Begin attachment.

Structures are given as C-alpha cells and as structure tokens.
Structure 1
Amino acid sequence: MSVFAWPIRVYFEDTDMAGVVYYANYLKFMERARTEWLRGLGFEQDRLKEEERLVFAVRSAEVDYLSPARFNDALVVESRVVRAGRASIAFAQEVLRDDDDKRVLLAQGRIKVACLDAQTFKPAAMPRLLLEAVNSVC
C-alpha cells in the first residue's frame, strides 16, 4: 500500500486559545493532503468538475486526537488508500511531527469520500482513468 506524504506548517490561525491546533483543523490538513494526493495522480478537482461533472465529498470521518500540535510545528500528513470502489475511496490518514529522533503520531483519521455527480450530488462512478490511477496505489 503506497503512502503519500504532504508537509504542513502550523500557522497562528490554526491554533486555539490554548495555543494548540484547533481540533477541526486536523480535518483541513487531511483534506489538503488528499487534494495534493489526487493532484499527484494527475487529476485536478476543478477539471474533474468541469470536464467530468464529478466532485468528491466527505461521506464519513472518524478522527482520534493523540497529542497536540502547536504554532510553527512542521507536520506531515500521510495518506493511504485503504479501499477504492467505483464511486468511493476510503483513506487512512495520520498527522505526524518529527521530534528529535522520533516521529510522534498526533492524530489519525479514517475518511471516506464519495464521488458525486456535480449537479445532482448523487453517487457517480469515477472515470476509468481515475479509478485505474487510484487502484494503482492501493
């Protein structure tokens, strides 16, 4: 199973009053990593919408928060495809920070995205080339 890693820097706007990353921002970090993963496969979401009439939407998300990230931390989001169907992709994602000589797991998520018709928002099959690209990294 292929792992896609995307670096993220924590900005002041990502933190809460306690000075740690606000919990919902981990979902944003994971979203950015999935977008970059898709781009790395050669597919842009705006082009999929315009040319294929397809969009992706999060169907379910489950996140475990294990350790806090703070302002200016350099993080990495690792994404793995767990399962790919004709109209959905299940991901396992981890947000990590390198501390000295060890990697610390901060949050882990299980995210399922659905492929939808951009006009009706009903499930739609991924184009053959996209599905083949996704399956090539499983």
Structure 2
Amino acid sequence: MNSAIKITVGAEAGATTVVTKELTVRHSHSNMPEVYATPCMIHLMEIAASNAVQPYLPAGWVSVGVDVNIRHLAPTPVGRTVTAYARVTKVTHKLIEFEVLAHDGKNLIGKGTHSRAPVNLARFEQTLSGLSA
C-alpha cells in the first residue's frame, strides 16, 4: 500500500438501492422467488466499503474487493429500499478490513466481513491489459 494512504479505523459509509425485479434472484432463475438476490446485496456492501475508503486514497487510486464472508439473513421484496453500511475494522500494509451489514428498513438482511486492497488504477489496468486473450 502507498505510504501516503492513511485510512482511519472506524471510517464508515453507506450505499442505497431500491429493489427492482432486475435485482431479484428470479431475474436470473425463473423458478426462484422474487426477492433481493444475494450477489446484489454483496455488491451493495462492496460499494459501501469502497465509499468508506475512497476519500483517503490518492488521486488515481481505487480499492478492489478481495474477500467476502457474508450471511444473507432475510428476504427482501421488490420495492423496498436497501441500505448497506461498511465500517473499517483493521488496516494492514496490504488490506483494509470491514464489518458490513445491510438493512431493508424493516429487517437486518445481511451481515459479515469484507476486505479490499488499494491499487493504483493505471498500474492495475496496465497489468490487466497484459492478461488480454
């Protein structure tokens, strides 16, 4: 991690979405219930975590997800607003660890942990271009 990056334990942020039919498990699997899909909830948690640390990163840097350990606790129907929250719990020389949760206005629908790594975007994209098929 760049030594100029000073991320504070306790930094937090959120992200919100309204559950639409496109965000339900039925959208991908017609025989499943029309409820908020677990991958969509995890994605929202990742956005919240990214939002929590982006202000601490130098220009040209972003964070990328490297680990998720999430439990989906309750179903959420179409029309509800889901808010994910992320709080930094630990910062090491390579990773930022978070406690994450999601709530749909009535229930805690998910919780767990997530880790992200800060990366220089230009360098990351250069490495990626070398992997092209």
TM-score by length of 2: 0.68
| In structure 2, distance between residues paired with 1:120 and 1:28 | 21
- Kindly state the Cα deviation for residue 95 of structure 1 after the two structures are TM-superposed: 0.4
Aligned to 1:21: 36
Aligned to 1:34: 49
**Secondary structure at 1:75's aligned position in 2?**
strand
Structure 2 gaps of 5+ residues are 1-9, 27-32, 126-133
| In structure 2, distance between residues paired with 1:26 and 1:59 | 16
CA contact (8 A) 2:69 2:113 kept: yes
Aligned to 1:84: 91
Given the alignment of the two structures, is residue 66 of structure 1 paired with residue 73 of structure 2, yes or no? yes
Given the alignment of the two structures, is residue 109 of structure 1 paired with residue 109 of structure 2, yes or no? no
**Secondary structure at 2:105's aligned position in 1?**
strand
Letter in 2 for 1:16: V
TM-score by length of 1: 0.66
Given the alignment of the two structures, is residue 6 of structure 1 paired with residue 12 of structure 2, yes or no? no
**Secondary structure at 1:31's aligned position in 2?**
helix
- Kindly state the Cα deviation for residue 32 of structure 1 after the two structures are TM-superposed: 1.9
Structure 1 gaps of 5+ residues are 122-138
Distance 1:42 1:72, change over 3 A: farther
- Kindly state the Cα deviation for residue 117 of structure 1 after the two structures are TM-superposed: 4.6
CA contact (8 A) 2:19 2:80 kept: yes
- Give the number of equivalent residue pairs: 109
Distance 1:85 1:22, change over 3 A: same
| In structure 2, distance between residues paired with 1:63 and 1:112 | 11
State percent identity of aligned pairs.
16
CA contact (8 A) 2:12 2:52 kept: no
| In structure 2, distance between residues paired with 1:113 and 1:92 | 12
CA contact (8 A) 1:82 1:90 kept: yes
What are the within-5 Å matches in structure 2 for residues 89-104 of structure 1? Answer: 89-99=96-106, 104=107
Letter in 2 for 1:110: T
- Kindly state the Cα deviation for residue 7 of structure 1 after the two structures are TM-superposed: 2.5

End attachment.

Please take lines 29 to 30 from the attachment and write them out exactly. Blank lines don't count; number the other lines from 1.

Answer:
helix
- Kindly state the Cα deviation for residue 32 of structure 1 after the two structures are TM-superposed: 1.9